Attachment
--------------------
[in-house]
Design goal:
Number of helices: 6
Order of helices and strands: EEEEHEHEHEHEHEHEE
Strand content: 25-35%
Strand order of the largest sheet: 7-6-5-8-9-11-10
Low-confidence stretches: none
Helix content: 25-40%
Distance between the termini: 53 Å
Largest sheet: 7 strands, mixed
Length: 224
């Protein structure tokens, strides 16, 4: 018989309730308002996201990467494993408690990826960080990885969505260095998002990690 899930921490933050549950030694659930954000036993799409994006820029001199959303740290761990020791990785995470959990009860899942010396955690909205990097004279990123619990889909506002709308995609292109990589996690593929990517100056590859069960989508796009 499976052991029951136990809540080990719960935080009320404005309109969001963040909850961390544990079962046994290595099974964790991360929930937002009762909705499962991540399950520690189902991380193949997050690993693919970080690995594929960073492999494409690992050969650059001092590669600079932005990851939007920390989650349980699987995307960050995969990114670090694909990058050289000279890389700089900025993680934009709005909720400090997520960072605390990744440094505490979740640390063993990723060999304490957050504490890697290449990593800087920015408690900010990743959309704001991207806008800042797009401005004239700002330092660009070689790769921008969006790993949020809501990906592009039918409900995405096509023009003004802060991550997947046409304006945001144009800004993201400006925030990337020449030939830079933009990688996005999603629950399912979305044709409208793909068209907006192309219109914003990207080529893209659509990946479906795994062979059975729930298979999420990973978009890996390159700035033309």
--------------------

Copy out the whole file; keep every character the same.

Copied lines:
[in-house]
Design goal:
Number of helices: 6
Order of helices and strands: EEEEHEHEHEHEHEHEE
Strand content: 25-35%
Strand order of the largest sheet: 7-6-5-8-9-11-10
Low-confidence stretches: none
Helix content: 25-40%
Distance between the termini: 53 Å
Largest sheet: 7 strands, mixed
Length: 224
């Protein structure tokens, strides 16, 4: 018989309730308002996201990467494993408690990826960080990885969505260095998002990690 899930921490933050549950030694659930954000036993799409994006820029001199959303740290761990020791990785995470959990009860899942010396955690909205990097004279990123619990889909506002709308995609292109990589996690593929990517100056590859069960989508796009 499976052991029951136990809540080990719960935080009320404005309109969001963040909850961390544990079962046994290595099974964790991360929930937002009762909705499962991540399950520690189902991380193949997050690993693919970080690995594929960073492999494409690992050969650059001092590669600079932005990851939007920390989650349980699987995307960050995969990114670090694909990058050289000279890389700089900025993680934009709005909720400090997520960072605390990744440094505490979740640390063993990723060999304490957050504490890697290449990593800087920015408690900010990743959309704001991207806008800042797009401005004239700002330092660009070689790769921008969006790993949020809501990906592009039918409900995405096509023009003004802060991550997947046409304006945001144009800004993201400006925030990337020449030939830079933009990688996005999603629950399912979305044709409208793909068209907006192309219109914003990207080529893209659509990946479906795994062979059975729930298979999420990973978009890996390159700035033309």